Result 1: Improved Health Status for New Mexicans Download Data

P002: Percent of adolescents who smoke


Story Behind the Curve
  • Adolescent smoking is defined as the percentage of high school youth who smoked cigarettes on one or more of the past 30 days and is tracked through a statewide youth health survey every other year. 
  • Nearly 9 out of every 10 adult smokers began smoking cigarettes as an adolescent, making the prevention of youth smoking a public health priority. Cigarette use kills over 2,800 New Mexicans annually and afflicts 84,000 people with tobacco-related diseases.
  • Adolescent smoking has declined significantly over the past decade. After peaking at 30.1% in 2003, the percentage of adolescents who smoke has declined to a historic low of 10.6% in 2017. However, smoking is still much higher among youth who identify as lesbian/gay/bisexual (19%) and youth who earn mostly D's and F's (27%).
  • Current NMDOH efforts for preventing adolescent smoking include youth engagement and leadership training and outreach in schools and communities throughout the state, as well as working with school districts to update their policies to make campuses completely tobacco-free.
  • Existing tobacco prevention efforts are being updated to include the prevention of e-cigarette use, which presents a growing problem with nicotine addiction among youth and young adults.
  • Rescue (The Behavior Change Agency)
  • University of New Mexico
  • New Mexico Public Education Department
  • New Mexico Human Services Department Synar & US Food and Drug Administration Programs
  • Albuquerque Area Southwest Epidemiology Center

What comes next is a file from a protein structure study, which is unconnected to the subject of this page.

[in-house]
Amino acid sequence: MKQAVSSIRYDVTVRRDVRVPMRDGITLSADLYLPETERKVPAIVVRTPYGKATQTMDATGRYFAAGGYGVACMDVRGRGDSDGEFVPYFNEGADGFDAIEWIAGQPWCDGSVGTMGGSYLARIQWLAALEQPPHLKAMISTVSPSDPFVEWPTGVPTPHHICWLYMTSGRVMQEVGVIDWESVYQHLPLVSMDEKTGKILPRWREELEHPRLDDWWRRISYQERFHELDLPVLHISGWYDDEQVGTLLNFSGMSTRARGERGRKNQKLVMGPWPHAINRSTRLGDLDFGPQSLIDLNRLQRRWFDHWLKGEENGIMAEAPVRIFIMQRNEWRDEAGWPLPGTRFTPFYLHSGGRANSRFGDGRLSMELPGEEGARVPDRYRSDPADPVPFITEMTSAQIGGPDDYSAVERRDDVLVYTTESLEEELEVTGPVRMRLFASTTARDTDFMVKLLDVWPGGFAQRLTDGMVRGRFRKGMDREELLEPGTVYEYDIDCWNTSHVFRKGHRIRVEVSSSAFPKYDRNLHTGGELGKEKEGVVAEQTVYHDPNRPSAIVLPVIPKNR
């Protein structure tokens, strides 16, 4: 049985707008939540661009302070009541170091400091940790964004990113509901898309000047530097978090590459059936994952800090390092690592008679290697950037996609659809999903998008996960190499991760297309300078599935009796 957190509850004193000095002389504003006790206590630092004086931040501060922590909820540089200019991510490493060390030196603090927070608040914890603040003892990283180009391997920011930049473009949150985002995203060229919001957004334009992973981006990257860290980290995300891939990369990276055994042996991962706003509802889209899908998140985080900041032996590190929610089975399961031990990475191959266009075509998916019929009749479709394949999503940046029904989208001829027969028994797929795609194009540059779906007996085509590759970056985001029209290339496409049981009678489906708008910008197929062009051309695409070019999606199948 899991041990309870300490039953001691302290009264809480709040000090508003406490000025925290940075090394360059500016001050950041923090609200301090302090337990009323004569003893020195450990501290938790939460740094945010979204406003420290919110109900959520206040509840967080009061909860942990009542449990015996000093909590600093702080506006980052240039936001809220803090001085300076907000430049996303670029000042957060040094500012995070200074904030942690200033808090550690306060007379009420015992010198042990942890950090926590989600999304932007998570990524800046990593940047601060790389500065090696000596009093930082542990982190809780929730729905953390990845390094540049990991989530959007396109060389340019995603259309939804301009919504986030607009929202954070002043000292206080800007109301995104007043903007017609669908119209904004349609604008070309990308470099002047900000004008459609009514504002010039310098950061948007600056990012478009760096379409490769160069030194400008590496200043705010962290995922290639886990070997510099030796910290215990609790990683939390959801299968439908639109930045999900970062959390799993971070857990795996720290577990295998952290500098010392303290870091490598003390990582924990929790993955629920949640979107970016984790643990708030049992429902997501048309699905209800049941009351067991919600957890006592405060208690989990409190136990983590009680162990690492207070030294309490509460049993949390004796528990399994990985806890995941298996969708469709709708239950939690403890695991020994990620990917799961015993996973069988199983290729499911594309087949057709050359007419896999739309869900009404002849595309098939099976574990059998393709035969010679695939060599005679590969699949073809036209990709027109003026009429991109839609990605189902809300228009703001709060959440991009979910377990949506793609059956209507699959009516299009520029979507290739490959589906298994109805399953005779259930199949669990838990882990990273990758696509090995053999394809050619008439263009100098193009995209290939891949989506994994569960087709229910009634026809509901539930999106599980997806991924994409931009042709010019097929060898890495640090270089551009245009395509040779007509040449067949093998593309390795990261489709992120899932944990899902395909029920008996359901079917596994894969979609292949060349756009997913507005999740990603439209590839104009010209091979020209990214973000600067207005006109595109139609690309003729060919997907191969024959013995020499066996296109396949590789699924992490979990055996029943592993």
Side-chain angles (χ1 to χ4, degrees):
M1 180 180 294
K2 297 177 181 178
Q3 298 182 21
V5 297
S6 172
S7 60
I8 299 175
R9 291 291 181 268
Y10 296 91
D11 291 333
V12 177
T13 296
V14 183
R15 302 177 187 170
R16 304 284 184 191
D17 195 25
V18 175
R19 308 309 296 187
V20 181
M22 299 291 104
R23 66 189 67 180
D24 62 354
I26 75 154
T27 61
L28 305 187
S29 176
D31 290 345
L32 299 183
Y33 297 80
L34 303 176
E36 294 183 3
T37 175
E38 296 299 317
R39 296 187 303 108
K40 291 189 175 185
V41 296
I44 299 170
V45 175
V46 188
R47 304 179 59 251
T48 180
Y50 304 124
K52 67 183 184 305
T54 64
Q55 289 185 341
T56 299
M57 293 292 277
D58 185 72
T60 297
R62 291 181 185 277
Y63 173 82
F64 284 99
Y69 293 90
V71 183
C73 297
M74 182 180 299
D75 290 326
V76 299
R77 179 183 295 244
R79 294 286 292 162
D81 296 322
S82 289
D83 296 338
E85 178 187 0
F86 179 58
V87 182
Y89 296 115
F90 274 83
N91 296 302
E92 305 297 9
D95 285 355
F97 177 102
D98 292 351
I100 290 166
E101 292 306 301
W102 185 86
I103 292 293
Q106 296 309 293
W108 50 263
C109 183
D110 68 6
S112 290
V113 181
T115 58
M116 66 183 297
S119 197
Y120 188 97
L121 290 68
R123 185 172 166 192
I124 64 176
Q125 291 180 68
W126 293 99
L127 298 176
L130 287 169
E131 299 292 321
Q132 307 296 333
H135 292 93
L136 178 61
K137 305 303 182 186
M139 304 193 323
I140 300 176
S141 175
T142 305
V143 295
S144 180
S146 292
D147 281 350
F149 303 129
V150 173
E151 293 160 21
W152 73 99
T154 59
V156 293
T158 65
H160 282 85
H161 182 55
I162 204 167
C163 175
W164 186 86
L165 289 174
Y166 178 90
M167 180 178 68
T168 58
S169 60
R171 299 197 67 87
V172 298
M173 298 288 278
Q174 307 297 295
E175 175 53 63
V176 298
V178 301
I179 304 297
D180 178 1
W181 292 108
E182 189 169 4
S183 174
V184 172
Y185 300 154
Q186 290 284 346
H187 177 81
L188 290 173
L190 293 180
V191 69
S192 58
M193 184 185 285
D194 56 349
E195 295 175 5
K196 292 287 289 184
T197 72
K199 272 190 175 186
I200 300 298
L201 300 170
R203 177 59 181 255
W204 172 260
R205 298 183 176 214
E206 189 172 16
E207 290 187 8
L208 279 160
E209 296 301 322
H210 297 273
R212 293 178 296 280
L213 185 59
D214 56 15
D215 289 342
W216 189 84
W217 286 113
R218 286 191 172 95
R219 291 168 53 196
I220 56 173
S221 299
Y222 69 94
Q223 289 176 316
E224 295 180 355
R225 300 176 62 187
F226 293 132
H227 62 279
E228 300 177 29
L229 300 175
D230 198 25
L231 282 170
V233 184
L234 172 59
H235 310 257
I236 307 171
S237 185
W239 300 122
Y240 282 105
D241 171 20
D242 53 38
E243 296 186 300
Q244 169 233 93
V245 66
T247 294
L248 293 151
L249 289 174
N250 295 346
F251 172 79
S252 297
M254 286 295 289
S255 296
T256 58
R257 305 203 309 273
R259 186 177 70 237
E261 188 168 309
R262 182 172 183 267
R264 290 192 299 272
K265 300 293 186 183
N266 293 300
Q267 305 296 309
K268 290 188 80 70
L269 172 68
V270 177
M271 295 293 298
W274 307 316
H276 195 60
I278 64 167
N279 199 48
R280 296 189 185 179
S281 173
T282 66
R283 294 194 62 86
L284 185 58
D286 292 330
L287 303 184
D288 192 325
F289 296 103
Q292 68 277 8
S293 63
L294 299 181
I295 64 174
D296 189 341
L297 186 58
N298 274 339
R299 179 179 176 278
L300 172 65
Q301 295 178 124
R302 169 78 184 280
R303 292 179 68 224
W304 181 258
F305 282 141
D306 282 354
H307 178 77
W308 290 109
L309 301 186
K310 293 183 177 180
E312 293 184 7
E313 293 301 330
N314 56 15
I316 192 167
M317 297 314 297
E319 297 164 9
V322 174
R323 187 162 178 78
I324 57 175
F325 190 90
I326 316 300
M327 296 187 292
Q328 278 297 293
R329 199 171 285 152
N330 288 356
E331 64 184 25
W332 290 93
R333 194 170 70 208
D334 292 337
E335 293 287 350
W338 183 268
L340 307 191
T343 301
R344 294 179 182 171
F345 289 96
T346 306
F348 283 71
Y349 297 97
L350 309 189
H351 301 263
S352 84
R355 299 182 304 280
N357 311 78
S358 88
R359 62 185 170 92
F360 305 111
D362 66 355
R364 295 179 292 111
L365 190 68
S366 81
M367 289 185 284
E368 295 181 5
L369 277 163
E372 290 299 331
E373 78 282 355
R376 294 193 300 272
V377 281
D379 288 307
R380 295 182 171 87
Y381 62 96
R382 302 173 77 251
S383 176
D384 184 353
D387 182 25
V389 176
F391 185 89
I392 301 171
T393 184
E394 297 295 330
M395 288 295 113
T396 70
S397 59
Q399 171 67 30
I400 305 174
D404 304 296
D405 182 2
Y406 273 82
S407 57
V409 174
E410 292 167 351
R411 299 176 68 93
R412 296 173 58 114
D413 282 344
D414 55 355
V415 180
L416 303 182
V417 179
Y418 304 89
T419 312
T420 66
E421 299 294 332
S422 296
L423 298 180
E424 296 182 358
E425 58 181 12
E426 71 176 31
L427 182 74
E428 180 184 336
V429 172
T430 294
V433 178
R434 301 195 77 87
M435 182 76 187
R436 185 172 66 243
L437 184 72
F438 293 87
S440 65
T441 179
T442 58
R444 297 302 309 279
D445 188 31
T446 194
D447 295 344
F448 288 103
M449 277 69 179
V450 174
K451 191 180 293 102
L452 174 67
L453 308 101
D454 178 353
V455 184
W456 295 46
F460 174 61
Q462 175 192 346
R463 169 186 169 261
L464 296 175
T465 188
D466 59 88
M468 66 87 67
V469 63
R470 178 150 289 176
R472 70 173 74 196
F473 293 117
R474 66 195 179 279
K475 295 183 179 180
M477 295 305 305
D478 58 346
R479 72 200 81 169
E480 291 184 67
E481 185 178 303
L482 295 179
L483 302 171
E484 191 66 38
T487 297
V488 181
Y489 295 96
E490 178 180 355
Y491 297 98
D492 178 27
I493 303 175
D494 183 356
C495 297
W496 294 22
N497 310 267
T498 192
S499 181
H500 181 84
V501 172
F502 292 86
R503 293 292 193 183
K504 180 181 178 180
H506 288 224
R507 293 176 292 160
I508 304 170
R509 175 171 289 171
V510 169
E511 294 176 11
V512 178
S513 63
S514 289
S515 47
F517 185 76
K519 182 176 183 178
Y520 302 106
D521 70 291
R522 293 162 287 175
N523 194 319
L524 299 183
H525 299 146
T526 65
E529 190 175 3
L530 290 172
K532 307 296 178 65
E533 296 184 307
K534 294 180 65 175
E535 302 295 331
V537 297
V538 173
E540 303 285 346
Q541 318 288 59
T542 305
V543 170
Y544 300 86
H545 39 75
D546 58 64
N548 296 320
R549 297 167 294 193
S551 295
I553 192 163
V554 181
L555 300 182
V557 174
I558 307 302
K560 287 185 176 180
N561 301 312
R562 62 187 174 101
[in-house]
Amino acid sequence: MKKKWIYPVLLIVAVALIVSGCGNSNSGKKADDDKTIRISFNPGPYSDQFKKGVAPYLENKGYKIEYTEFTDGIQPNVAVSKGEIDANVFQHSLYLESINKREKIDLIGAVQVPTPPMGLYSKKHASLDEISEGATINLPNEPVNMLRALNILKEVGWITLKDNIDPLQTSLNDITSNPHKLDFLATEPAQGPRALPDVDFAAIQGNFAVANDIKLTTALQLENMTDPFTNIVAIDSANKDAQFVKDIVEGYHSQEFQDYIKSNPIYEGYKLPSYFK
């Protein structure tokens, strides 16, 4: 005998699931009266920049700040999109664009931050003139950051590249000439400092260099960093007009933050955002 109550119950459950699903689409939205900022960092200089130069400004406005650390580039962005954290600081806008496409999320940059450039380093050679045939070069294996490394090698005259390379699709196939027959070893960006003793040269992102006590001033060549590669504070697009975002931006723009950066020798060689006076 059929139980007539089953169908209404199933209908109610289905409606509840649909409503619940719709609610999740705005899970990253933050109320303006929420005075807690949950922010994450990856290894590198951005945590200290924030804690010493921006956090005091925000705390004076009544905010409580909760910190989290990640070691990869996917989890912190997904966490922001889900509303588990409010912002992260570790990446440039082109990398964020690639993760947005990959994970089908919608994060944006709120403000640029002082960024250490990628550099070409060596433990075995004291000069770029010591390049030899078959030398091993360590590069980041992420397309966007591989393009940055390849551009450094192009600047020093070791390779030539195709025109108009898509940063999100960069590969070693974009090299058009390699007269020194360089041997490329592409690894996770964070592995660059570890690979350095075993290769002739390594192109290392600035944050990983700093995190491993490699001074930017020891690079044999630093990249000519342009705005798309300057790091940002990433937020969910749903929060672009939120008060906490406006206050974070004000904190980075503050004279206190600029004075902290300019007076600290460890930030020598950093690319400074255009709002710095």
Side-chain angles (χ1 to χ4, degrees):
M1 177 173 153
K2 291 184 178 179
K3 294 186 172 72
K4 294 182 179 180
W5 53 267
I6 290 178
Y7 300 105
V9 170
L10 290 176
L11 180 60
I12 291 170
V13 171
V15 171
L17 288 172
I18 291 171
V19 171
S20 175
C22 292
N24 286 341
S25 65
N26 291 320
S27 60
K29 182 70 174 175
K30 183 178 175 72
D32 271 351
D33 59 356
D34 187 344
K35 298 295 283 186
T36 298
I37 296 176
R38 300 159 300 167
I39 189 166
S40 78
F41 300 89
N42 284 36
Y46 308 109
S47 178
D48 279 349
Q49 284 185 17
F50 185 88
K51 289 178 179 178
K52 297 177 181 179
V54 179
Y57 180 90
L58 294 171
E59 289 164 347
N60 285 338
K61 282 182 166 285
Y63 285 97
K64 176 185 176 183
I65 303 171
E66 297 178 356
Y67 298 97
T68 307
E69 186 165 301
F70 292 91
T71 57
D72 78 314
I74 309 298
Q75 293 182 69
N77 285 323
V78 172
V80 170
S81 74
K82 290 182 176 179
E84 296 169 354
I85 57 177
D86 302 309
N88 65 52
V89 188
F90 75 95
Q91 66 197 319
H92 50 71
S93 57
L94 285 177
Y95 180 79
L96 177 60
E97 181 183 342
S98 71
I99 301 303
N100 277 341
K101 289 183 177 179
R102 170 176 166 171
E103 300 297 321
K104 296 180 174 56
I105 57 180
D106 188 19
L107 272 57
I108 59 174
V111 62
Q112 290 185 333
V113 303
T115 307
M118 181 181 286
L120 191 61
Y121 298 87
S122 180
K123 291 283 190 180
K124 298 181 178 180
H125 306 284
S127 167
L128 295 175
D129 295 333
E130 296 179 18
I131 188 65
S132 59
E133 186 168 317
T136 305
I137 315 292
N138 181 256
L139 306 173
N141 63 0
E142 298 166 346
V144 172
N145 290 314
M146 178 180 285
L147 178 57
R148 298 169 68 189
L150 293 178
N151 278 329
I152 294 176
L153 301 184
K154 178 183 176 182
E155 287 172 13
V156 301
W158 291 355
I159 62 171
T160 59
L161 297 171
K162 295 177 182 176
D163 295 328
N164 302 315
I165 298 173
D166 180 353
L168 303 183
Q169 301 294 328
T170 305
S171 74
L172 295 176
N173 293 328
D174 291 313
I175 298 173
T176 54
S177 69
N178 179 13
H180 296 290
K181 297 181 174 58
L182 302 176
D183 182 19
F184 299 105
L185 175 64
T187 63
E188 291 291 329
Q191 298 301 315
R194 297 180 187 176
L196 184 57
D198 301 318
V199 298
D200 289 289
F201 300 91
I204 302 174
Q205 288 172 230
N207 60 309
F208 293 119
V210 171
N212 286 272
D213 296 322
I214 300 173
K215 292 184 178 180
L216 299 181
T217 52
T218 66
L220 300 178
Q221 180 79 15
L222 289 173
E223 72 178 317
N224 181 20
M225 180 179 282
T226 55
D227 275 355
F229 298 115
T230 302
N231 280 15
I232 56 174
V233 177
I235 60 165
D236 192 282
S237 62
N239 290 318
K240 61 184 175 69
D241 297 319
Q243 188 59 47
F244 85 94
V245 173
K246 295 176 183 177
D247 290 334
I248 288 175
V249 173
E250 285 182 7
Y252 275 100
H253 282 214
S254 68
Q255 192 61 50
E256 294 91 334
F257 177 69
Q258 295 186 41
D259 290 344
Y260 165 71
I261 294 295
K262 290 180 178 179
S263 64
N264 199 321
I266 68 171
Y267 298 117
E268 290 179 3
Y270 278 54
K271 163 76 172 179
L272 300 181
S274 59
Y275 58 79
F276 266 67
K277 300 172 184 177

• New Mexico Boys and Girls Club
What Works

The Guide to Community Preventive Services recommends the following interventions to reduce adolescent smoking:

  • Increasing the unit price of tobacco products.
  • Mass media campaigns in combination with other interventions.
  • Smoking bans and restrictions, and restricting minors' access to tobacco products, through community mobilization with additional interventions.
  • Implement a statewide youth (18 years and younger) engagement strategy, called Evolvement.
  • Develop specific tobacco counter-marketing campaigns targeting high school youth to prevent tobacco use initiation.
  • Train youth leaders statewide on tobacco control efforts and to develop specific projects within their schools and communities to reach their peers with tobacco counter-marketing messages.
FY18 Annual Progress Summary
  • The percentage of adolescent youth who smoke in New Mexico declined even further, from 11.4% in 2015 to 10.6% in 2017, which is a new all-time low. The landscape of tobacco use among youth has changed dramatically in recent years. There have been substantial declines in cigarette, cigar, and hookah use while spit/chew tobacco use remains stable and e-cigarettes have emerged as a high-use tobacco product. Overall, one in three adolescents uses some form of tobacco.
  • Some of the contributing factors to the continuing decline in adolescent cigarette smoking include the Evolvement youth engagement program and the various tobacco prevention campaigns that it has supported; successes in making school campuses and other public places smoke-free, changing social norms around smoking; and perhaps some youth are foregoing cigarette use for other newer products, such as e-cigarettes. Monitoring use of all tobacco products, including e-cigarettes, will be important in tracking the overall nicotine addiction burden among New Mexico’s youth.
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